There has been much speculation as to why and how Stelter was fired. Perhaps it has something to do with perceived political bias. Perhaps it was a cost-cutting move. Maybe it was both. Maybe it was neither. New CNN chief Chris Licht told employees that more changes are coming at the network and that employees should let them play out before reacting. But Alsop writes, “Licht could, of course, publicly clarify his plans for CNN — and why exactly Stelter doesn’t fit in — any time he wants.”

CNN will continue to cover the media, but for now there will be no more Sunday broadcast, and it is unlikely that “Reliable Sources” will ever return. Allsop writes, “Still, Stelter’s departure and the cancellation of ‘Reliable Sources,’ the TV show, undoubtedly add up to a significant downsizing. Reserving even an hour a week of cable airtime—a limited commodity, unlike the Internet—to allow the media to scrutinize itself was at the very least a token statement about the value of introspection and placing it directly in front of viewers who might not otherwise give it much thought. about the way the press works. Blurring that statement would be sad any time. At this point, it is unwarranted.”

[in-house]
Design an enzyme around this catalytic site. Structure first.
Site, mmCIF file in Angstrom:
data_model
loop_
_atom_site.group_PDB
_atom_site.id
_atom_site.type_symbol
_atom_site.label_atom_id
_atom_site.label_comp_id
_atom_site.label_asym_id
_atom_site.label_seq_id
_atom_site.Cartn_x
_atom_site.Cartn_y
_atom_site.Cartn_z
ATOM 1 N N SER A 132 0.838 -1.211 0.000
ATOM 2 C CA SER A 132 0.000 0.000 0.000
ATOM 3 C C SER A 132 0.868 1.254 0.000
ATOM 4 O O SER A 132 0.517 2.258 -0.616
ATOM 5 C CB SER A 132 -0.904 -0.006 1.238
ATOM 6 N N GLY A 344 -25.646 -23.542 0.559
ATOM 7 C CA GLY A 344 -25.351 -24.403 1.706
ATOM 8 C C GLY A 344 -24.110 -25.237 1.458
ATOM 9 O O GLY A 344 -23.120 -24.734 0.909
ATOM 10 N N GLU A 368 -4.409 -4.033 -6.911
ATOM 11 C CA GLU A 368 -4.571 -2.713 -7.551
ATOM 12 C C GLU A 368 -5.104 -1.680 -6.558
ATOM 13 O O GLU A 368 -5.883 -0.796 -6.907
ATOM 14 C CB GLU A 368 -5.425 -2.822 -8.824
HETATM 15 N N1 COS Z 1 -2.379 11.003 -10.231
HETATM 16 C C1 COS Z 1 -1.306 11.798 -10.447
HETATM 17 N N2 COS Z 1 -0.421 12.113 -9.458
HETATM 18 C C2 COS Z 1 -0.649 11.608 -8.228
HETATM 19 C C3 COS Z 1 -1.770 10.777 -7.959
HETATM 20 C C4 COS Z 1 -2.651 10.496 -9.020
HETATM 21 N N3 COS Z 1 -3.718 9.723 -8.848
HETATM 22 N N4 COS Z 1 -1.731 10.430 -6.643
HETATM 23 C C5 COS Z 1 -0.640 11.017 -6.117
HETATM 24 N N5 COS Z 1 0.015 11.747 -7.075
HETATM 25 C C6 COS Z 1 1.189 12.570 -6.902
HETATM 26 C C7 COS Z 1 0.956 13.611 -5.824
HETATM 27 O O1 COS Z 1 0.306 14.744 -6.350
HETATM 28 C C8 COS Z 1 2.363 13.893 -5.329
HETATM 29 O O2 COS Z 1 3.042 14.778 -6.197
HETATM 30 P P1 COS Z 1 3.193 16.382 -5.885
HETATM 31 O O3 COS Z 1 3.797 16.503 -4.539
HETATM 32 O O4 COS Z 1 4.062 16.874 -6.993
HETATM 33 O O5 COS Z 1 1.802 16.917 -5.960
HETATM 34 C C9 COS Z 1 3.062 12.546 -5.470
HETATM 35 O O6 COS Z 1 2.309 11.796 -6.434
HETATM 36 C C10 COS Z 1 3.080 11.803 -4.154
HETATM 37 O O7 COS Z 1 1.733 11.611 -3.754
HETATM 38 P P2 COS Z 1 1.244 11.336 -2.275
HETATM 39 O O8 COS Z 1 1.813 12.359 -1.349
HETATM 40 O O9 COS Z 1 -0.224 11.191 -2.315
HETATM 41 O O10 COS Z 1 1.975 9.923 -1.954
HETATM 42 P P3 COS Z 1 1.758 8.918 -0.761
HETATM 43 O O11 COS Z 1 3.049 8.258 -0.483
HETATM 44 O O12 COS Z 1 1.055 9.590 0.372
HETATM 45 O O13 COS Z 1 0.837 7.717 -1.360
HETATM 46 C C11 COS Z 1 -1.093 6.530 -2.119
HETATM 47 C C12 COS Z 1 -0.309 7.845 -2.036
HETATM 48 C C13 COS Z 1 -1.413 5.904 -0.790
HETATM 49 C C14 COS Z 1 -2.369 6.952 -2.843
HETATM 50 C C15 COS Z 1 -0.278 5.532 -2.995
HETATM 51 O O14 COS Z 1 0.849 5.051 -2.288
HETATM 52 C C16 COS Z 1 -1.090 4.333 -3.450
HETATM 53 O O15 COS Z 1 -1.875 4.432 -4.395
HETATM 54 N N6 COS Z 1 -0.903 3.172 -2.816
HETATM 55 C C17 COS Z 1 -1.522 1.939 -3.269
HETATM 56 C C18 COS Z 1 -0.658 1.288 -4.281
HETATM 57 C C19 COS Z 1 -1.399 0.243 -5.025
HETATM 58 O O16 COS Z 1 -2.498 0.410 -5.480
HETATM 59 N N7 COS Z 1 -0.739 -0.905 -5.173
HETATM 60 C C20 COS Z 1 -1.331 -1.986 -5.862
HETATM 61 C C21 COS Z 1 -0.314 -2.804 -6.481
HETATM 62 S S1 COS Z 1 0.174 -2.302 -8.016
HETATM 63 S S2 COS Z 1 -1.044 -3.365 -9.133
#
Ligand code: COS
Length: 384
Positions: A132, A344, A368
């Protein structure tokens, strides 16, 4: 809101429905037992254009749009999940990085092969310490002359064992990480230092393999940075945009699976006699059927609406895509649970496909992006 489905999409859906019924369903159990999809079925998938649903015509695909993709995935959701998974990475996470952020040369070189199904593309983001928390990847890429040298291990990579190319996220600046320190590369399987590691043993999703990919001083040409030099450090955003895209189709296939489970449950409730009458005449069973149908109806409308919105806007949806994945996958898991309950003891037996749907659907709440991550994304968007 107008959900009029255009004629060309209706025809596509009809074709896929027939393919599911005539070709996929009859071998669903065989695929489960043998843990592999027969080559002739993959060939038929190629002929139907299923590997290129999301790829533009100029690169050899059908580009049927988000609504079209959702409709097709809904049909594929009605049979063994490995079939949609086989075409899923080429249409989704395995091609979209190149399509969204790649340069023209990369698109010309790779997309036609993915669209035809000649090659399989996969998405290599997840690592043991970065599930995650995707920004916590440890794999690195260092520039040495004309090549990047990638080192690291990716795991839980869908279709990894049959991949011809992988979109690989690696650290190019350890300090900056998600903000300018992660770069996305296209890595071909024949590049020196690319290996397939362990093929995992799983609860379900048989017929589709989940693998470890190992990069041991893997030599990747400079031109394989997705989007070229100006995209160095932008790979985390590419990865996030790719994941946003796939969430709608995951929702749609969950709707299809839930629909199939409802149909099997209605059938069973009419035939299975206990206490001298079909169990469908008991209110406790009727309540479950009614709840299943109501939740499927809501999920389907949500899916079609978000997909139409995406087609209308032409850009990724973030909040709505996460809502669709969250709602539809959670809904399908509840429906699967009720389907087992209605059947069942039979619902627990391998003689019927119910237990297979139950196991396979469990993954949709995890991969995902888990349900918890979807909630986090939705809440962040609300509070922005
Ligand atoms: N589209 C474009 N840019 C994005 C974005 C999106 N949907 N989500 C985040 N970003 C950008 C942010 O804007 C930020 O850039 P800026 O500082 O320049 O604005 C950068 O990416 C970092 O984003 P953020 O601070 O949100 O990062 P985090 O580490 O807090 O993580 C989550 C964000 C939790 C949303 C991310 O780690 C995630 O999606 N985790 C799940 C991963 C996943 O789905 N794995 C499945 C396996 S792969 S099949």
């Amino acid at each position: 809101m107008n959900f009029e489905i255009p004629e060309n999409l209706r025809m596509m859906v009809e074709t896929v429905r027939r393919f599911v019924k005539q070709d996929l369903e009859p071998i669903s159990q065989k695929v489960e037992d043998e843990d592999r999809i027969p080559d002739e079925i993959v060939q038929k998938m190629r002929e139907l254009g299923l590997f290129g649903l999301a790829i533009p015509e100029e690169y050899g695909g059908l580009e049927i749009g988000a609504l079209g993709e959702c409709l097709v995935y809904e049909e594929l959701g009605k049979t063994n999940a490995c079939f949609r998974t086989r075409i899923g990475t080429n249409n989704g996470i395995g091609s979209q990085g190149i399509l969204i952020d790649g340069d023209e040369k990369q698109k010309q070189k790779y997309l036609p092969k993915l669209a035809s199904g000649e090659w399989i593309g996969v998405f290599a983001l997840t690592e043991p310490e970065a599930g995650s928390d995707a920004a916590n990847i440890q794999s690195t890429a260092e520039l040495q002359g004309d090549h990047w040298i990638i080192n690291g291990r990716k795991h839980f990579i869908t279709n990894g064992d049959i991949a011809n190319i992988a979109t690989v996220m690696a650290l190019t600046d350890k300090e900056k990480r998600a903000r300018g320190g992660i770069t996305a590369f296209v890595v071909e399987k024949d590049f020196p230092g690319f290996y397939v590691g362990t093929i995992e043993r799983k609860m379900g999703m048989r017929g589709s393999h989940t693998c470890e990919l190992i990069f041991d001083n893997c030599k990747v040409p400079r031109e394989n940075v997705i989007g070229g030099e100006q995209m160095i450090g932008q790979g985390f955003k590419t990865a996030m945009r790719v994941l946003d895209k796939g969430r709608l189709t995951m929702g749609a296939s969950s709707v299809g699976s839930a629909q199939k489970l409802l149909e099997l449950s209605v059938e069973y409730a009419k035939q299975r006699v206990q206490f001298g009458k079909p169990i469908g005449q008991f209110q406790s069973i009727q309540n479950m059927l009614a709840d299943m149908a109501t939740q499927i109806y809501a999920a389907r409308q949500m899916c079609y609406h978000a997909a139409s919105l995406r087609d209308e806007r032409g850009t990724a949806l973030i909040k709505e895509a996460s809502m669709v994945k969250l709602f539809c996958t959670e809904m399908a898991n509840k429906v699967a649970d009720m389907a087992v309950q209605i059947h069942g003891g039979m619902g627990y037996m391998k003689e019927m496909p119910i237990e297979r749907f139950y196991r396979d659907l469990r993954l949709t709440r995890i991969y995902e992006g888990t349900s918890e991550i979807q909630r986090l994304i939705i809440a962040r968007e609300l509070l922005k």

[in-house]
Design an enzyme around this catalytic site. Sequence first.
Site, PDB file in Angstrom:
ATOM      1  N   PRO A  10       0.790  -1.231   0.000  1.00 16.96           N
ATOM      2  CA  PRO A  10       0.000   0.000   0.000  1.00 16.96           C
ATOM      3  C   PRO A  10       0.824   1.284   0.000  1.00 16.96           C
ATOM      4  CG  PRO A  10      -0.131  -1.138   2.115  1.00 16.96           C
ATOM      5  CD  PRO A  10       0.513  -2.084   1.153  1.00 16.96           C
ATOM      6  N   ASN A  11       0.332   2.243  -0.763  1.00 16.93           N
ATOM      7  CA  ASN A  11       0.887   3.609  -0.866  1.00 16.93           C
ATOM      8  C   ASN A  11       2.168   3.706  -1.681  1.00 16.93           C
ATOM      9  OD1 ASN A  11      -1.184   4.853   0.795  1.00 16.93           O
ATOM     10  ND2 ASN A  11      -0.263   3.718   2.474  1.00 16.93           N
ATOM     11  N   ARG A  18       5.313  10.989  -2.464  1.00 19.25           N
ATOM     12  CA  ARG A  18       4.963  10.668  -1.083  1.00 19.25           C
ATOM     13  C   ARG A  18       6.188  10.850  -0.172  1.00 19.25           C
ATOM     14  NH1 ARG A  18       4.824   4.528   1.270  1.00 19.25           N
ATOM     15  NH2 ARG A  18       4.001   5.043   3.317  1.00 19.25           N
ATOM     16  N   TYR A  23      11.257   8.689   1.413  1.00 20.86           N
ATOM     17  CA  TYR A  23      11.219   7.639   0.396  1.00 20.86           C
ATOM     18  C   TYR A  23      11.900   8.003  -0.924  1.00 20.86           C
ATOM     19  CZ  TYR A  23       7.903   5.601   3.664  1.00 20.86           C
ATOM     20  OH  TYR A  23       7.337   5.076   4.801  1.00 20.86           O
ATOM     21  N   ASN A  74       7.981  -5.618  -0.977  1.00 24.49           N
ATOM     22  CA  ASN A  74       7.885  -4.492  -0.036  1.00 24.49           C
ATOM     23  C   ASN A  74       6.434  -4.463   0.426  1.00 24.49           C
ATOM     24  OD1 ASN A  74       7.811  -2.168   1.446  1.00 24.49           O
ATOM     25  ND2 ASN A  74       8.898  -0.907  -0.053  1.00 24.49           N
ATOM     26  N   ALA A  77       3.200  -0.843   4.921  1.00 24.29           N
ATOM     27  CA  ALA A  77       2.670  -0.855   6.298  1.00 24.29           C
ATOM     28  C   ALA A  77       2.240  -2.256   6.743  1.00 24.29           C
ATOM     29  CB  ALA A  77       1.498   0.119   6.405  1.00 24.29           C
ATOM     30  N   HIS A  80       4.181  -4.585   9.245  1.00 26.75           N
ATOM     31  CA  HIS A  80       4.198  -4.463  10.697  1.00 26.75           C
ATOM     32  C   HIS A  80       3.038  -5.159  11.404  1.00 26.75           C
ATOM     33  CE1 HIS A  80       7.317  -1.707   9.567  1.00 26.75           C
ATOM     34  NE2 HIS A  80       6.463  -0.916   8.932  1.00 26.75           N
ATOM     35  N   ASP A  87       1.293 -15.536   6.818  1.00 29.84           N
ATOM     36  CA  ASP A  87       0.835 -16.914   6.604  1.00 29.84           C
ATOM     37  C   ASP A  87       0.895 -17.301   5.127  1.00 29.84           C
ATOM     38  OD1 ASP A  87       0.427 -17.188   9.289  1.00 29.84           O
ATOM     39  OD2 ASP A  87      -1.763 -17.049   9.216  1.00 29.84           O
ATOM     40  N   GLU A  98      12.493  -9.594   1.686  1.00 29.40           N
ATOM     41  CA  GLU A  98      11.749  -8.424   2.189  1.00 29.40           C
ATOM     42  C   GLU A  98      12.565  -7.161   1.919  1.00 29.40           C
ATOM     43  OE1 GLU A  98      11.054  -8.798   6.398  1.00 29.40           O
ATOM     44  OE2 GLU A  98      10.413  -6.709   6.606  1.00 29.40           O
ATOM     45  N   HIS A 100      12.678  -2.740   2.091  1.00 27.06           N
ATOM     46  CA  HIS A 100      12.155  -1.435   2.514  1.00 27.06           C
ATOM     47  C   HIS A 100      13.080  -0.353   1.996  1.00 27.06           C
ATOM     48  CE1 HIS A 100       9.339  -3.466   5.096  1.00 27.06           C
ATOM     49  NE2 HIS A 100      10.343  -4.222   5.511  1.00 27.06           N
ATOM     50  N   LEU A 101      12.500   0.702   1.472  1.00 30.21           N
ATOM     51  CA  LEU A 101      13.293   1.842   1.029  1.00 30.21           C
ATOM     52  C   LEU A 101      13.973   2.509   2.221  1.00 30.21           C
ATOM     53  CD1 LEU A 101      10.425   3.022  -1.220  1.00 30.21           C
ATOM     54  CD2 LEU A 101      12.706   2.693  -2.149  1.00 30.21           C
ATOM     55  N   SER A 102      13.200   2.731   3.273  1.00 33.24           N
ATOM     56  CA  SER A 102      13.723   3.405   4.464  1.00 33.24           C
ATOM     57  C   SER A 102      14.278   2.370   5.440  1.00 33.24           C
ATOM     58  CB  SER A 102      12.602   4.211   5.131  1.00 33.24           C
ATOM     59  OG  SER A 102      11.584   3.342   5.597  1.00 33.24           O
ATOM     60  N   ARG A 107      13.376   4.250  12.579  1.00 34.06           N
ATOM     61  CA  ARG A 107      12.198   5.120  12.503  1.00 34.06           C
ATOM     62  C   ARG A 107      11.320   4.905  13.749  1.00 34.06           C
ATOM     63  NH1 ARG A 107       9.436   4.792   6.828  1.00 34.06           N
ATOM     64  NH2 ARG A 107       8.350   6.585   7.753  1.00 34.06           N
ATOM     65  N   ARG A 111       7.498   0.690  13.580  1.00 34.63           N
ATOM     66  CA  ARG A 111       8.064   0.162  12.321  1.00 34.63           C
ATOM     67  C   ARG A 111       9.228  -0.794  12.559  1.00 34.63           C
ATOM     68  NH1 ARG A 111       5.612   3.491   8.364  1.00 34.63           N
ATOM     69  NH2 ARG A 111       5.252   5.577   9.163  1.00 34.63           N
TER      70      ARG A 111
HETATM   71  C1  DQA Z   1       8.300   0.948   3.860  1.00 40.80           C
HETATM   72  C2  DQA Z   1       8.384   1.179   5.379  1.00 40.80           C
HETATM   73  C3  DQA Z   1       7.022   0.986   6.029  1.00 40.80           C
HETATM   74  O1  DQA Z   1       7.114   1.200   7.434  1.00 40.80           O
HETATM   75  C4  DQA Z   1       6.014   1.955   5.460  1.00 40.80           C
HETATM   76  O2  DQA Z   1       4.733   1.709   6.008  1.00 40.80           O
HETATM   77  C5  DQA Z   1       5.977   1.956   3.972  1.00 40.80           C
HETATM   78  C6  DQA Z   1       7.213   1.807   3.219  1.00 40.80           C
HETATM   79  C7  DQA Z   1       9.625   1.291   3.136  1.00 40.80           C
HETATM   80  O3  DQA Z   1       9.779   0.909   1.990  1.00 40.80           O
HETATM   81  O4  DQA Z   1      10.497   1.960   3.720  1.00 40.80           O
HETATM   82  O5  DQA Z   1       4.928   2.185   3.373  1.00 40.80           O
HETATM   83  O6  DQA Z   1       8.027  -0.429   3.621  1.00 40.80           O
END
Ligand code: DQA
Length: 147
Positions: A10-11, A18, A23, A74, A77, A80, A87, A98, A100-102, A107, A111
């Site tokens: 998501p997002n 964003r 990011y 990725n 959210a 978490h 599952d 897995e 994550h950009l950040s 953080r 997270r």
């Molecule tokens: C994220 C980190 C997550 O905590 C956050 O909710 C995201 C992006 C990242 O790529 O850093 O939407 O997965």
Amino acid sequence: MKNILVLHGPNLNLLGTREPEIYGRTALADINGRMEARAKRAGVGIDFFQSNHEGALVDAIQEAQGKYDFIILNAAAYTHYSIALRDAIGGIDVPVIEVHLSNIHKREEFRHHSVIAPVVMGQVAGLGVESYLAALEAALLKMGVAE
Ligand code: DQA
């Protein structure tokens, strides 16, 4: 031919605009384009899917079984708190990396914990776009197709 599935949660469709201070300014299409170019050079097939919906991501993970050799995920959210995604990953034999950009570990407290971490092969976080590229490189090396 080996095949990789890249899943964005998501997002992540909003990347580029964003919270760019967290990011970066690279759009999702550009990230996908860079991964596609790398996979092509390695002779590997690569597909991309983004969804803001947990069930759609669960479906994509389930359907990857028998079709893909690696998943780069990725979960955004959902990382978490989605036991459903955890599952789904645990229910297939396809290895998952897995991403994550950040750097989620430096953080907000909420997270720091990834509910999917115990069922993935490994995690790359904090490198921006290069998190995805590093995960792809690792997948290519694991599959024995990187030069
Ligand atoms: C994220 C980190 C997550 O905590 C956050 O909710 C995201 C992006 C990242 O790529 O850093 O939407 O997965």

Here’s what I wrote about Stelter’s last show and the legacy of “Reliable Sources.”

The conservative media has been claiming this theme lately: President Joe Biden wants to hire and arm 87,000 Internal Revenue Service agents to hunt you down. Let’s be clear. This is not true.